When Ayesha Gulalai dished harassment allegations at Imran Khan, little did she know the can of worms she was about to open. She did not know where she will wind up but was enthralled enough to go down the path anyway. Her expedition into whimsical absurdity began the moment she claimed she had been receiving lewd messages since 2013 but chose to stay silent until elections.The deluge of media questions that followed is history. Even though Gulalai kept her calm and stuck to her guns, the alarming number of questions from media clearly overwhelmed her.
The deluge of media questions that followed is history. Even though Gulalai kept her calm and stuck to her guns, the alarming number of questions from media clearly overwhelmed her.Enter Ayesha Ahad – the woman who claims to be the former spouse of Hamza Shahbaz. In a rather predictable turn of events, only a few days after Gulalai made headlines, Ayesha Ahad jumps the bandwagon. She enters the picture with grudges not so similar and yet quite similar to Gulalai.
Enter Ayesha Ahad – the woman who claims to be the former spouse of Hamza Shahbaz. In a rather predictable turn of events, only a few days after Gulalai made headlines, Ayesha Ahad jumps the bandwagon. She enters the picture with grudges not so similar and yet quite similar to Gulalai.
The bone of contention between Ayesha Ahad and Hamza Shahbaz is Hamza’s previous wife Mehrunnisa. According to Ayesha, Hamza lied when he said he had divorced Mehrunnisa. Ayesha also demanded that her secret marriage with Hamza be legitimized.
But Ahad’s story is more than just that. Dating back to around 2011, it’s a story of how she lodged a case against Hamza which was soon followed by a case registered against her by her maid for kidnapping. If you want to see how deep the rabbit hole goes, an internet search will reveal how Ahad claimed in 2011 that she was deliberately implicated in a fake abduction case and arrested after she claimed she is Hamza’s wife. She also claims she was meted out with torture from police. She calls the chain of events an obvious result of political overreach.
Ayesha Ahad said she ran from pillar to post to have her grievances heard but to no avail. She believes she was at a disadvantage earlier because of PML-N’s powerful position, but now that she sees the court handing out landmark verdicts, she sees a ray of hope. She announced that she will move election commission against Hamza Shahbaz for not being Sadiq and Ameen on grounds of deception.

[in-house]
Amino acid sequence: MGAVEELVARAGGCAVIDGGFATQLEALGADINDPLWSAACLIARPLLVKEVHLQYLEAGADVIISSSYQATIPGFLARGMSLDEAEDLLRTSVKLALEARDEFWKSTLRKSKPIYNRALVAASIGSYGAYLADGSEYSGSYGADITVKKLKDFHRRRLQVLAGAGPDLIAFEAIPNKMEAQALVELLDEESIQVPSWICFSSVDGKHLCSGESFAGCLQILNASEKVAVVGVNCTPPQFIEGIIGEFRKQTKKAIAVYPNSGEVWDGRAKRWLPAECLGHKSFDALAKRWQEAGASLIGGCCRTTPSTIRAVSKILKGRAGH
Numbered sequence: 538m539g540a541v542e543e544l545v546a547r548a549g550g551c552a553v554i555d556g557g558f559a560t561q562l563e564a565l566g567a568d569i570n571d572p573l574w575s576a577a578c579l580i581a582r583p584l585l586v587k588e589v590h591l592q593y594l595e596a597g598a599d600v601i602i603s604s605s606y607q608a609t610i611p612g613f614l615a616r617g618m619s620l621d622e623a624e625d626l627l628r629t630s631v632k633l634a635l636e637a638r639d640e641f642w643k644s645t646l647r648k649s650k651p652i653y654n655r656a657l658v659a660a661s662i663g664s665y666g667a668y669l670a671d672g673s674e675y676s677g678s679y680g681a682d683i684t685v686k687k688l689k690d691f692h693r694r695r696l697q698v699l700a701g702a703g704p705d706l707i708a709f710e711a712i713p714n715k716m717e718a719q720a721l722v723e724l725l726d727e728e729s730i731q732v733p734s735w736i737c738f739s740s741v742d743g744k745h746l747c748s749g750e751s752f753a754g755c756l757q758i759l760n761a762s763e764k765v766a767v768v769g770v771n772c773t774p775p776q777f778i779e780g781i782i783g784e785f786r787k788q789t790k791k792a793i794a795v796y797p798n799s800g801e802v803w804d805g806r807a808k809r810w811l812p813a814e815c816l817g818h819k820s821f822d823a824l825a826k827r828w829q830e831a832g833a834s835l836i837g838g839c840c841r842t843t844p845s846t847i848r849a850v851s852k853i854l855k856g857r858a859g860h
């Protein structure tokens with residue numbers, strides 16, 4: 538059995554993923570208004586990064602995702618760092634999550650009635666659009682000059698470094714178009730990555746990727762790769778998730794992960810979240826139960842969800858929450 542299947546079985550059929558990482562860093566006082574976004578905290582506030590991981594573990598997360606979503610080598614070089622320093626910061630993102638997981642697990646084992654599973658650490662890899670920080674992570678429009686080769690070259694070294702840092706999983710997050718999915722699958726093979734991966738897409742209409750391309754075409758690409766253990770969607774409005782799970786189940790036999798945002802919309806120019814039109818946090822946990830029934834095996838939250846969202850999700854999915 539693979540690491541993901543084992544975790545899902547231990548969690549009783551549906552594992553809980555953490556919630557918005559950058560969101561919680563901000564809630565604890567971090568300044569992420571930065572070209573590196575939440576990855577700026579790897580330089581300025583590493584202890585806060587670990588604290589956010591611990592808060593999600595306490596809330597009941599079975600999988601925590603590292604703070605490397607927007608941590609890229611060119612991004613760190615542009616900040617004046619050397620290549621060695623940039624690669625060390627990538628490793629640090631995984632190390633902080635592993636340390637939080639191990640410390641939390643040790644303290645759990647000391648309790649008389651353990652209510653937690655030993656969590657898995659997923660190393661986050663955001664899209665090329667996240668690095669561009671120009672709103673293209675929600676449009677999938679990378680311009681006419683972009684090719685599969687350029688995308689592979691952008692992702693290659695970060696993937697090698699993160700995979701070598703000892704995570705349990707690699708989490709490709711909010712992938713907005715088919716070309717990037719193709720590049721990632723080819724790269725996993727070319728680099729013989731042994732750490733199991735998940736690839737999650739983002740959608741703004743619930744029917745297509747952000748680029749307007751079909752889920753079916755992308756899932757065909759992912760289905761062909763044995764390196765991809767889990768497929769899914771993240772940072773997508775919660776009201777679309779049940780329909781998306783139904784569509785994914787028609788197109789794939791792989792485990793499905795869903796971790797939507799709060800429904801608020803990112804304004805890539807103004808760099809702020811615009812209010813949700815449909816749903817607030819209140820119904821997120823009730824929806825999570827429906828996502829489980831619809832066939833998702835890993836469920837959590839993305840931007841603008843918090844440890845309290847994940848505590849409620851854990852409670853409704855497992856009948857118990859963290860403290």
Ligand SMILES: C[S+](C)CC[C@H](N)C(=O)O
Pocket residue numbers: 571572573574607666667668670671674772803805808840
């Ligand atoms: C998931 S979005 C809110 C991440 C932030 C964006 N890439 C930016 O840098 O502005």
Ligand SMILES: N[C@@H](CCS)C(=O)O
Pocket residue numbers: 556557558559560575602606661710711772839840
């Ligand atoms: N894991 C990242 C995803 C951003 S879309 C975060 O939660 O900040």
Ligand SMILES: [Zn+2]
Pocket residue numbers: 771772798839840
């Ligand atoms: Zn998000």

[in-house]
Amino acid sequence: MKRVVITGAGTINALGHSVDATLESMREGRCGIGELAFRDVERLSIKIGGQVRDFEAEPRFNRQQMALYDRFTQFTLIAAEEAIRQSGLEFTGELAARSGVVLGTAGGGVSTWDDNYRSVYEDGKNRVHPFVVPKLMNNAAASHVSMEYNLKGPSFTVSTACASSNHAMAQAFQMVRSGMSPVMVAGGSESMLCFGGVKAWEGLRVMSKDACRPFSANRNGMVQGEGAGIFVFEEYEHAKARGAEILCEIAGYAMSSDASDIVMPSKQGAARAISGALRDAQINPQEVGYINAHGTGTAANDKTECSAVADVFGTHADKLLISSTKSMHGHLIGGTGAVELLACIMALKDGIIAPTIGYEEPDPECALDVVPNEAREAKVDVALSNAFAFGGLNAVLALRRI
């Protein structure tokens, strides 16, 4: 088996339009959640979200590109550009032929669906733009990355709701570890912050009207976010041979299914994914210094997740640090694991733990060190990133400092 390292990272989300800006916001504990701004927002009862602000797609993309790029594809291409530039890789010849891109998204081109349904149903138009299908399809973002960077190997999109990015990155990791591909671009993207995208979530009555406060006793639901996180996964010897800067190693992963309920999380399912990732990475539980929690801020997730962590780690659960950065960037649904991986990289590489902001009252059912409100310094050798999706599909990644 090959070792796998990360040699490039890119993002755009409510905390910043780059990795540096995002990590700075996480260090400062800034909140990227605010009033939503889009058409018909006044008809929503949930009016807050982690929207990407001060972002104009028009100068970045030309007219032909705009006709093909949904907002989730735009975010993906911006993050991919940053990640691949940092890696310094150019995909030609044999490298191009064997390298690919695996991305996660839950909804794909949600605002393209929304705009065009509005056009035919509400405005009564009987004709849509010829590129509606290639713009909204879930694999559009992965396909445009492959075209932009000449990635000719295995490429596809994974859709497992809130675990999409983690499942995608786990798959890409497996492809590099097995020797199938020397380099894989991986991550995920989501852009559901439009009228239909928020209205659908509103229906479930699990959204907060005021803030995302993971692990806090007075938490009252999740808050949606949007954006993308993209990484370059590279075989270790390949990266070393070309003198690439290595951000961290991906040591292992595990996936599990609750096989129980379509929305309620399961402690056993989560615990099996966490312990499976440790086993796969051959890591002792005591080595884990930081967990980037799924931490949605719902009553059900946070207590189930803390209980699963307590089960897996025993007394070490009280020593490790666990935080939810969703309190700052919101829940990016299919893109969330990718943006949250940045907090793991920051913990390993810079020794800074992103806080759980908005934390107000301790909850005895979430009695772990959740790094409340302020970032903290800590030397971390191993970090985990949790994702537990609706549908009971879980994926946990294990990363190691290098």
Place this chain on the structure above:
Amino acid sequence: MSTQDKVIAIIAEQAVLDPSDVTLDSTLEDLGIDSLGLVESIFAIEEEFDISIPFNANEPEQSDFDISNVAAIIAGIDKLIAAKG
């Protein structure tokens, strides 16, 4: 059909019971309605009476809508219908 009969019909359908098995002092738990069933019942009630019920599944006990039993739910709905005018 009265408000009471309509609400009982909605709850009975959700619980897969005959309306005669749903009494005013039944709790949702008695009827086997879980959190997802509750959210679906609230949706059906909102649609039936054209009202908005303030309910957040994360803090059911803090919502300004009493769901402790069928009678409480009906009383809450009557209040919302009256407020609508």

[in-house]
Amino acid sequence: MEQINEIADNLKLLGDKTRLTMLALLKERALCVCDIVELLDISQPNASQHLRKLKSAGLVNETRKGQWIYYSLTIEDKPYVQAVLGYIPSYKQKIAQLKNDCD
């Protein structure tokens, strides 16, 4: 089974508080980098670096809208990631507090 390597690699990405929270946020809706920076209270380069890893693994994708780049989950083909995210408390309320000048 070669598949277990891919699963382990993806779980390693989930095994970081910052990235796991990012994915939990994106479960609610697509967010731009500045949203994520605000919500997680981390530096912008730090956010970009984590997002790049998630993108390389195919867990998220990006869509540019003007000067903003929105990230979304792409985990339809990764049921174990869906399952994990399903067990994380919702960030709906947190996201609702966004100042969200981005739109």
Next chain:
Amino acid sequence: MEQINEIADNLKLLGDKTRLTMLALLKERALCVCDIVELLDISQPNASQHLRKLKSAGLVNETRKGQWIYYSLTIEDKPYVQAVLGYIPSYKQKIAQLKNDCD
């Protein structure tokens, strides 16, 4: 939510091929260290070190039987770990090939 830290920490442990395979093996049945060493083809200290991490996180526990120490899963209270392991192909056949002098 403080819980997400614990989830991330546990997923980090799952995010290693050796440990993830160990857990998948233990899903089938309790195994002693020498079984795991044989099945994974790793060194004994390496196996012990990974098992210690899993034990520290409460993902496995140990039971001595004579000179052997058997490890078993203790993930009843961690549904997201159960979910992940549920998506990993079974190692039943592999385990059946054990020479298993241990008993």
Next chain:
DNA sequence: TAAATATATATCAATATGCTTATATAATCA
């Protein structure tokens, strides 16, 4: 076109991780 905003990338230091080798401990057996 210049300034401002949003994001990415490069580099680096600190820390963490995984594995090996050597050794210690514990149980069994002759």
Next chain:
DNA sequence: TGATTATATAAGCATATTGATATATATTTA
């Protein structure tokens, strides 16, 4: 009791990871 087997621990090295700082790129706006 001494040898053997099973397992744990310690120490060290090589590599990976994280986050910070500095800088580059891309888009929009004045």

But will an in-house parliament investigation be commissioned for Hamza Shahbaz? If yes, will it be on the same footings as the investigation against Imran Khan, the opposition leader?
We are yet to see if the new prime minister launches a probe into allegations leveled against the MNA of his own party. We are yet to see if the former daughter-in-law of the house will be given the same chance to have her grievances heard as Gulalai.
With PML-N dominating the house, there is a definite upside to ignoring Ahad’s case or not taking it as seriously as Gualai. There is a definite incentive for dismissing Ahad’s claims as absurd and politically motivated. But a sense of equity and fair play will only prevail when the tall claims by both women are not only given due consideration but thoroughly looked into.
Like Gulalai, Ayesha Ahad claims she has text messages to support allegations. An analysis of the text messages should, therefore, be key to the investigation. The case is not as open-and-shut as it first looks so the analysis should go beyond just checking cell phones. The case should be solved using a breadth of techniques. Verifying message authenticity should be high on the list.
When talking about authenticity, different people will come at it from different directions. For example, a networking expert may want to make sure the messages are not spoofed. The trained eye of a crime scene investigator my want to chase down the suspect who used Imran's phone to send messages. For all we know, the phone may have been illicitly used while Imran was busy elsewhere. An IT expert, on the other hand, will want to rule out any intrusion that may have allowed a hacker to gain access to his phone.
All approaches have their merits. The importance of any of these approaches cannot be played down. The committee formed should therefore strike the right balance of technical expertise. All the technical expertise, however, is of little use until steps are also taken to achieve gender balance. An all-male committee can inadvertently perpetuate patriarchal notions of equity. Female representation is therefore central to the investigation. The committee should also ideally have proportionate political representation. This will ensure a balancing influence. It will dial down personal biases and curb political agendas.
Ahad’s grievances are equally as legitimate as Gulalai, if not more, but her plight pales in comparison to the furore caused by Gulalai’s press conference. The public uproar and backlash from activists following Gualai’s conference has dwarfed some very noteworthy concerns about Ahad’s case. And the fact that Ahad’s case goes a long way could mean it is not as politically motivated as we make it out to be.
Those who are questioning these women's motives for not speaking up earlier and bringing it up around elections have valid concerns. But it is also worth reiterating that when it comes to harassment, women in our country are often encouraged to stay silent. They are often told to bite the bullet and mosey on.